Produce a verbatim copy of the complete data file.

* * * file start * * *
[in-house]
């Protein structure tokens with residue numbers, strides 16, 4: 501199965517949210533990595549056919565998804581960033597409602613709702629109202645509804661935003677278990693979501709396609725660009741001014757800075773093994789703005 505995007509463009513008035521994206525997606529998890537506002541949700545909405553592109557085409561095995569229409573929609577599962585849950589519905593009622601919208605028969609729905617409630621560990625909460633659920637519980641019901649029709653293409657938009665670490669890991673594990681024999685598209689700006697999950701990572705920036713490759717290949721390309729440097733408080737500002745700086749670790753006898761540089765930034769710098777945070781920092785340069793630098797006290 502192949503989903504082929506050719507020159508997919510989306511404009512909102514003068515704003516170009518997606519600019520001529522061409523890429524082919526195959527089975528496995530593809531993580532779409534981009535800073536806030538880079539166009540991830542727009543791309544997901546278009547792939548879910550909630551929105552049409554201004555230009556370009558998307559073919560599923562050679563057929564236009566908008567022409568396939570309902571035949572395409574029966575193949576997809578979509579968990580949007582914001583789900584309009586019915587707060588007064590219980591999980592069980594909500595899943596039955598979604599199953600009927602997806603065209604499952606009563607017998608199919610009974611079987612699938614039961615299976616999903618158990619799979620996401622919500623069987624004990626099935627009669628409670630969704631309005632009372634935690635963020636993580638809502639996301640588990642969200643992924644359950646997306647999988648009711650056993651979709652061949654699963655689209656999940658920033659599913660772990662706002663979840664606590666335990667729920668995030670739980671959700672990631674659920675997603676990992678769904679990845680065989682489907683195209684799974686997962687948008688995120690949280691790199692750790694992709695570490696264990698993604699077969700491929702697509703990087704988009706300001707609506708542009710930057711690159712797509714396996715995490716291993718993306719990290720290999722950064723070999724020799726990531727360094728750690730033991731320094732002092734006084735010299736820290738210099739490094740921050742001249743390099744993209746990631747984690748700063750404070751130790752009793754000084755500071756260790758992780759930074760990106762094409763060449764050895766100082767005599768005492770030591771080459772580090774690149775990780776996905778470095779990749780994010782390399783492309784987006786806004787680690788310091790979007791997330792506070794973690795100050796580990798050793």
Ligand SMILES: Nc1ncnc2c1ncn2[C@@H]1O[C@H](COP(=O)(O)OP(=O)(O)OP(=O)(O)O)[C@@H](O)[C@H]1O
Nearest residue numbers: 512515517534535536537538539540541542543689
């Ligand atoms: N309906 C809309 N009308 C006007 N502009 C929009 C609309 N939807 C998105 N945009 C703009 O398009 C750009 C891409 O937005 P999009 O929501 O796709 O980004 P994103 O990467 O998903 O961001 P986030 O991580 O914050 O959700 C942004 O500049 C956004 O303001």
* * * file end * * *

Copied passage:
[in-house]
């Protein structure tokens with residue numbers, strides 16, 4: 501199965517949210533990595549056919565998804581960033597409602613709702629109202645509804661935003677278990693979501709396609725660009741001014757800075773093994789703005 505995007509463009513008035521994206525997606529998890537506002541949700545909405553592109557085409561095995569229409573929609577599962585849950589519905593009622601919208605028969609729905617409630621560990625909460633659920637519980641019901649029709653293409657938009665670490669890991673594990681024999685598209689700006697999950701990572705920036713490759717290949721390309729440097733408080737500002745700086749670790753006898761540089765930034769710098777945070781920092785340069793630098797006290 502192949503989903504082929506050719507020159508997919510989306511404009512909102514003068515704003516170009518997606519600019520001529522061409523890429524082919526195959527089975528496995530593809531993580532779409534981009535800073536806030538880079539166009540991830542727009543791309544997901546278009547792939548879910550909630551929105552049409554201004555230009556370009558998307559073919560599923562050679563057929564236009566908008567022409568396939570309902571035949572395409574029966575193949576997809578979509579968990580949007582914001583789900584309009586019915587707060588007064590219980591999980592069980594909500595899943596039955598979604599199953600009927602997806603065209604499952606009563607017998608199919610009974611079987612699938614039961615299976616999903618158990619799979620996401622919500623069987624004990626099935627009669628409670630969704631309005632009372634935690635963020636993580638809502639996301640588990642969200643992924644359950646997306647999988648009711650056993651979709652061949654699963655689209656999940658920033659599913660772990662706002663979840664606590666335990667729920668995030670739980671959700672990631674659920675997603676990992678769904679990845680065989682489907683195209684799974686997962687948008688995120690949280691790199692750790694992709695570490696264990698993604699077969700491929702697509703990087704988009706300001707609506708542009710930057711690159712797509714396996715995490716291993718993306719990290720290999722950064723070999724020799726990531727360094728750690730033991731320094732002092734006084735010299736820290738210099739490094740921050742001249743390099744993209746990631747984690748700063750404070751130790752009793754000084755500071756260790758992780759930074760990106762094409763060449764050895766100082767005599768005492770030591771080459772580090774690149775990780776996905778470095779990749780994010782390399783492309784987006786806004787680690788310091790979007791997330792506070794973690795100050796580990798050793």
Ligand SMILES: Nc1ncnc2c1ncn2[C@@H]1O[C@H](COP(=O)(O)OP(=O)(O)OP(=O)(O)O)[C@@H](O)[C@H]1O
Nearest residue numbers: 512515517534535536537538539540541542543689
């Ligand atoms: N309906 C809309 N009308 C006007 N502009 C929009 C609309 N939807 C998105 N945009 C703009 O398009 C750009 C891409 O937005 P999009 O929501 O796709 O980004 P994103 O990467 O998903 O961001 P986030 O991580 O914050 O959700 C942004 O500049 C956004 O303001």